Samsung to spin off LCD unit
Samsung Electronics said yesterday its board has agreed to spin off its loss-making LCD business. Samsung, the world’s largest maker of flat panels, memory chips and flat-screen televisions, said its LCD unit would be launched as a separate entity on April 1 with capital of 750 billion won (US$668 million). The LCD business suffered losses in every quarter last year due to a supply glut and cutthroat competition, but Samsung said in a statement the spinoff would help it streamline decisionmaking and manage resources more efficiently. Analysts have said the move would help Samsung invest further in profitable businesses, such as smartphones, non-memory chips and next-generation panels.
Doosan wins Indian deal
South Korea’s Doosan Heavy Industries and Construction said yesterday it won a 1.5 trillion won deal to build industrial boilers for India’s state-run energy firm. Under the agreement with India’s National Thermal Power Corp (NTPC), Doosan will build five boilers for two NTPC power plants in Karnataka and Chhattisgarh, Doosan said. The boilers will be delivered by the end of 2016, it said in a statement, adding the firm since 2004 had won deals to build power plants in the Indian cities of Mundra, Sipat and Raipur. India plans to increase its power capacity by 25 gigawatts each year until 2020 at an estimated annual cost of US$25 billion.
Wal-Mart takes 51% share
Wal-Mart Stores Inc, the world’s largest retailer, became a majority shareholder in Yihaodian (一號店) by raising its stake in the Chinese online supermarket to tap rising consumer wealth and help the company offer more products. Wal-Mart agreed to increase its holding in the closely held Shanghai-based company to about 51 percent, it said in an e-mailed statement yesterday without disclosing terms. The Bentonville, Arkansas-based company bought an unspecified minority stake in Yihaodian last year. The online supermarket would use the funds to help expand its offerings and open more warehouses and delivery stations after more than tripling sales last year, Yihaodian president Yu Gang (于剛) said.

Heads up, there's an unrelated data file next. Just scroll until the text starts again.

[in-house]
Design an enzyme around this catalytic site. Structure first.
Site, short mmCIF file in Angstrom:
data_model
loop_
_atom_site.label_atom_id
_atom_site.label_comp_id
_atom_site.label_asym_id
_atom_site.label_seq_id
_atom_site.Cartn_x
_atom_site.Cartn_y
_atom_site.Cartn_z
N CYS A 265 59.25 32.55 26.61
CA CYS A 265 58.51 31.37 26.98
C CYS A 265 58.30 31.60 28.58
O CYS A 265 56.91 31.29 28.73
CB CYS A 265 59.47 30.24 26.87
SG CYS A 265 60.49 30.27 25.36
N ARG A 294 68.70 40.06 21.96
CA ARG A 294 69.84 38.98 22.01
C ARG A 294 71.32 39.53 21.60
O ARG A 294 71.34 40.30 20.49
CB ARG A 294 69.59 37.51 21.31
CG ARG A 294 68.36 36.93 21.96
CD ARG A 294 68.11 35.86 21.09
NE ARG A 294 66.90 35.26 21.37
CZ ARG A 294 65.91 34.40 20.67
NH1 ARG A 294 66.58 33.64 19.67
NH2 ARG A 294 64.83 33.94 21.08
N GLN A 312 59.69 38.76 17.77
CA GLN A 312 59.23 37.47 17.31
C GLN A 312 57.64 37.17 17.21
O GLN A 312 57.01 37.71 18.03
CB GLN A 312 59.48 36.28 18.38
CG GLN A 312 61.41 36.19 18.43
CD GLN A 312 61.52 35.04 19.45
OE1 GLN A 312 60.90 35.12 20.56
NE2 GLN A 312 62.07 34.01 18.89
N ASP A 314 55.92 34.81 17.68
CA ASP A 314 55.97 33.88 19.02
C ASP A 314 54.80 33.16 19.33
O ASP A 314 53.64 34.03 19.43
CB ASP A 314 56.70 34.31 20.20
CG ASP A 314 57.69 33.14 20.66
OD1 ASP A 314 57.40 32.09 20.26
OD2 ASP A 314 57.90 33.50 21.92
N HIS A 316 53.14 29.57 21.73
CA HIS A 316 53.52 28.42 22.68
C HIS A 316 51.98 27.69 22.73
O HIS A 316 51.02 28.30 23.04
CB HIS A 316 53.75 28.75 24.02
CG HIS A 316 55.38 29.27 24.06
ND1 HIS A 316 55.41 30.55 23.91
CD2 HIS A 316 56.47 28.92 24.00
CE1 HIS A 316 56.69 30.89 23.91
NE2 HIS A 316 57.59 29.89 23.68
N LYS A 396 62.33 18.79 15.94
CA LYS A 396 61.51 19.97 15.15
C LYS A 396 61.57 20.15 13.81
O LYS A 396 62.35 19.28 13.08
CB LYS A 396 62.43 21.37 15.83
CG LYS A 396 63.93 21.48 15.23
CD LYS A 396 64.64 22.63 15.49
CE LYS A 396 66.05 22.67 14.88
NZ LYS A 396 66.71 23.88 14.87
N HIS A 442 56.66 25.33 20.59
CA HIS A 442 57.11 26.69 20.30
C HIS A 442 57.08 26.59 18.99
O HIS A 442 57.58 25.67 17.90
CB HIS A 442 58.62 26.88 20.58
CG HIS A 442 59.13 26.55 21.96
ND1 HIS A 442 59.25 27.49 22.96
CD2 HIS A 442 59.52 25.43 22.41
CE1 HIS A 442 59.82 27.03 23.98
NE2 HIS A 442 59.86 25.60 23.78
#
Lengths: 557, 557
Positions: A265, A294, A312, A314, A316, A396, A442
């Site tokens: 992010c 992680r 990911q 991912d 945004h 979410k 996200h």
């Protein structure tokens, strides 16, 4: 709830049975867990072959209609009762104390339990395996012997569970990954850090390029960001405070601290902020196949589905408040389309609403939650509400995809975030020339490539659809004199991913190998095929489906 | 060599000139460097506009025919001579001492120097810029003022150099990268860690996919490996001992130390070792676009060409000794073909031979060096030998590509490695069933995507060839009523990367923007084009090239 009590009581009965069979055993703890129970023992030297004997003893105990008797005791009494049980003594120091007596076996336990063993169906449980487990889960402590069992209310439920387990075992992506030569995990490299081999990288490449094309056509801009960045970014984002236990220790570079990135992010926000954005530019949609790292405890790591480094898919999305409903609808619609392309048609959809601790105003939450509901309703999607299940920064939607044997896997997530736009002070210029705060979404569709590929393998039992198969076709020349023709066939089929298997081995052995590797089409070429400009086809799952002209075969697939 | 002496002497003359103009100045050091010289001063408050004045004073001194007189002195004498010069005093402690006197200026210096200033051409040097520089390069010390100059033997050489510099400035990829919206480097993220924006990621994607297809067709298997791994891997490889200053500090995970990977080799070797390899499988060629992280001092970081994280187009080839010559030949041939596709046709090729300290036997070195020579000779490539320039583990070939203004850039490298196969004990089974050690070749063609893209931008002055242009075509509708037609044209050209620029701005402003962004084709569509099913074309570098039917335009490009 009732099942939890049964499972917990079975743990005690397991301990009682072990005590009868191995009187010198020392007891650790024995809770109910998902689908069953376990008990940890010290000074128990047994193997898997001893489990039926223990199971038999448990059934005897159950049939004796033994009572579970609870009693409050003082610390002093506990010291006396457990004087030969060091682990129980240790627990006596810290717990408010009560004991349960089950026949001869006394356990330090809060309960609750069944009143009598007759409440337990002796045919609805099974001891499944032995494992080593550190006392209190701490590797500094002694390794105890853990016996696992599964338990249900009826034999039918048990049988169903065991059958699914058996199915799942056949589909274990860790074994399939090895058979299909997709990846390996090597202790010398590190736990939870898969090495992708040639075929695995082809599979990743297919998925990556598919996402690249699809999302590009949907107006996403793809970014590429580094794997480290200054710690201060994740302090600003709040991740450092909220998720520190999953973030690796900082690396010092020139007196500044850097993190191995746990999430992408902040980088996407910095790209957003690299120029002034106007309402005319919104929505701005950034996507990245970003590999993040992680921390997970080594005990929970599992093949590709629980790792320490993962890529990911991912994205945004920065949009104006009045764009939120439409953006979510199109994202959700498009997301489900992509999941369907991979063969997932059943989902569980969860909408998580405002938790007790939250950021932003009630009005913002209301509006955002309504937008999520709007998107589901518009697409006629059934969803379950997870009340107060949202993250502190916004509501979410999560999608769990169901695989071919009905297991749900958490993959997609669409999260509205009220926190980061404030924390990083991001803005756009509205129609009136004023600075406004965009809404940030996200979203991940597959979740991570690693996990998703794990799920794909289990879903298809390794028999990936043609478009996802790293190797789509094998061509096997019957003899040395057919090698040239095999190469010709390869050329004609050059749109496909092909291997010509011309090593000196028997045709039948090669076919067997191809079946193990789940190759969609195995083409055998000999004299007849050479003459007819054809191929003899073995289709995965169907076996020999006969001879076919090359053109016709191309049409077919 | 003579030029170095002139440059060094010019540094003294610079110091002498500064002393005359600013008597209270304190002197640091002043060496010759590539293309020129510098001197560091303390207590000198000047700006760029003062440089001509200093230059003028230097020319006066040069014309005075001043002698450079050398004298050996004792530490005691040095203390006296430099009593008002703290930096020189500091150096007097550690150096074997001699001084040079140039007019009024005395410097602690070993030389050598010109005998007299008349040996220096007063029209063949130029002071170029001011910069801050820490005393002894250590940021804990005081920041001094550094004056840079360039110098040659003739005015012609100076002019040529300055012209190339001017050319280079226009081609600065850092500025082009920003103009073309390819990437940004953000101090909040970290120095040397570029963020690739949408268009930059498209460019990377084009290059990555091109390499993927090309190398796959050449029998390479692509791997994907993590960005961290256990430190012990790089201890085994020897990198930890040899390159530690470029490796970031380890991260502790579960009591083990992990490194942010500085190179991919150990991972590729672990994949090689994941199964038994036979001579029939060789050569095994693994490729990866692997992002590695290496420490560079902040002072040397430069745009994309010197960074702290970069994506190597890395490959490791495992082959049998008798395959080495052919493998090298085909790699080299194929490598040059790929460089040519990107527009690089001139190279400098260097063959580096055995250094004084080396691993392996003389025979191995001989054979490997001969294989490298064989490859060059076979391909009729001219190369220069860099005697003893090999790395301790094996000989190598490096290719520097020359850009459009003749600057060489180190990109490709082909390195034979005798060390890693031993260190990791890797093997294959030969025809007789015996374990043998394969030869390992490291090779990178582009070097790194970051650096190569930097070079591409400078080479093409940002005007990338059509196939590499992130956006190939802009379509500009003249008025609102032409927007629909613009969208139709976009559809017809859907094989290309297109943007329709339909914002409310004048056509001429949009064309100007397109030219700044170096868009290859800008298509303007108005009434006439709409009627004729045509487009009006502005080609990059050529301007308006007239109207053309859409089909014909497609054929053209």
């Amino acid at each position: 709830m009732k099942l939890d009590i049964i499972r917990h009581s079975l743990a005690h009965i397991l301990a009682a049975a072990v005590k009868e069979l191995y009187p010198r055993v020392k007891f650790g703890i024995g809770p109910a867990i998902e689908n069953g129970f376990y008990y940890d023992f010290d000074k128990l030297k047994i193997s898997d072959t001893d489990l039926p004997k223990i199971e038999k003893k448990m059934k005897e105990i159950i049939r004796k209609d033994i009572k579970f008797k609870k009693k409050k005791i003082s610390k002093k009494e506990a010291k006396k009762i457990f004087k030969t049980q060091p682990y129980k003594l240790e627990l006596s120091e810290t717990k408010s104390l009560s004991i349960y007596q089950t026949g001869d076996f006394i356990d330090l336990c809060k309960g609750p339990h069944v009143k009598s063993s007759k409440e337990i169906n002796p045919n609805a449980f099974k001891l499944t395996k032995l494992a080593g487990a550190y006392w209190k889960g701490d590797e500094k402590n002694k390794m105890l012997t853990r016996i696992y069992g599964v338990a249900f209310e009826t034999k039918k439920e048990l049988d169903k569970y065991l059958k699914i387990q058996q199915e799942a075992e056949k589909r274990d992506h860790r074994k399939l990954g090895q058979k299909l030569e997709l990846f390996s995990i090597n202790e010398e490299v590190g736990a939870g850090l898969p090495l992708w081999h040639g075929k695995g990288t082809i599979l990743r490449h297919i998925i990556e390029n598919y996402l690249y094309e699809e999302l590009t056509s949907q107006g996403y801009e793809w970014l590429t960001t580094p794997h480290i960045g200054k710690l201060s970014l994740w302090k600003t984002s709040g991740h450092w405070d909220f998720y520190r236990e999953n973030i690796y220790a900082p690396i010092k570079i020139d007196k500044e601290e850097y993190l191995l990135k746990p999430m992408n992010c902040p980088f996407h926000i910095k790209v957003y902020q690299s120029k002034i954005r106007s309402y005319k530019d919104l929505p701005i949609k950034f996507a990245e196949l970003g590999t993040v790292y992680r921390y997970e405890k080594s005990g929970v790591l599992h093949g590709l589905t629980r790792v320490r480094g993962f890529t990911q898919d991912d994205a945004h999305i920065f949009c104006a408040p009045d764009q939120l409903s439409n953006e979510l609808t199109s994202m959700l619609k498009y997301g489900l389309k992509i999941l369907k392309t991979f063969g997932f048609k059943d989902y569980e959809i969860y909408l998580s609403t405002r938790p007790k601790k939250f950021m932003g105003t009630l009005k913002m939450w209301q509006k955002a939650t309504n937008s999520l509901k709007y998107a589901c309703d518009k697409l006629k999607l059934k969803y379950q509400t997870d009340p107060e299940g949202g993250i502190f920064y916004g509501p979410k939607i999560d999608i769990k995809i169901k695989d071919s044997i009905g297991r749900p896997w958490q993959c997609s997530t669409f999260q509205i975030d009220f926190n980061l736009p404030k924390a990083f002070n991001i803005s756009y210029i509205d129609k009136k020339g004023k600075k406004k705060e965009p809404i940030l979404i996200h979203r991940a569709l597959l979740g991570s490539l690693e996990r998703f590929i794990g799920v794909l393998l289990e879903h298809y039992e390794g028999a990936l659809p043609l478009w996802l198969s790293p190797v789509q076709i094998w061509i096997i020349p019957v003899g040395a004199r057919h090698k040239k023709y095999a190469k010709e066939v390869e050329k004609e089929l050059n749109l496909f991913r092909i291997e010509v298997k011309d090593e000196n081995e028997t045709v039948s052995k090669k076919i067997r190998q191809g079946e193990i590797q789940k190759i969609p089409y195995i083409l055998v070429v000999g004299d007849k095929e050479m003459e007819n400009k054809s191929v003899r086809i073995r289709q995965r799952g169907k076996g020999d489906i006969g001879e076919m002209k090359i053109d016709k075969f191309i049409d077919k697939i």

Bluescope posts net loss
Bluescope Steel Ltd, Australia’s largest steel producer, reported a A$530 million (US$570 million) first-half net loss. The result posted yesterday for the six months through December last year is nearly 10 times larger than the A$55 million loss for the same period a year earlier. BlueScope Steel managing director Paul O’Malley said the company is on track to deliver a full-year working capital release of A$400 million to A$500 million and has initiatives for further debt reduction.
Wynn forces back shares
Wynn Resorts said it forcibly bought back shares from its biggest stakeholder after finding the Japanese tycoon made improper payments to gambling regulators. The Las Vegas company said it took action against Kazuo Okada after a yearlong investigation uncovered that he engaged in activities that violated US anti-corruption laws. Wynn has asked Okada to resign from the board. The company said discoveries include cash payments and gifts totaling about US$110,000 to foreign gaming regulators. Okada is the founder of casino gamemaker Universal Entertainment. He held an almost 20 percent stake in Wynn Resorts Ltd.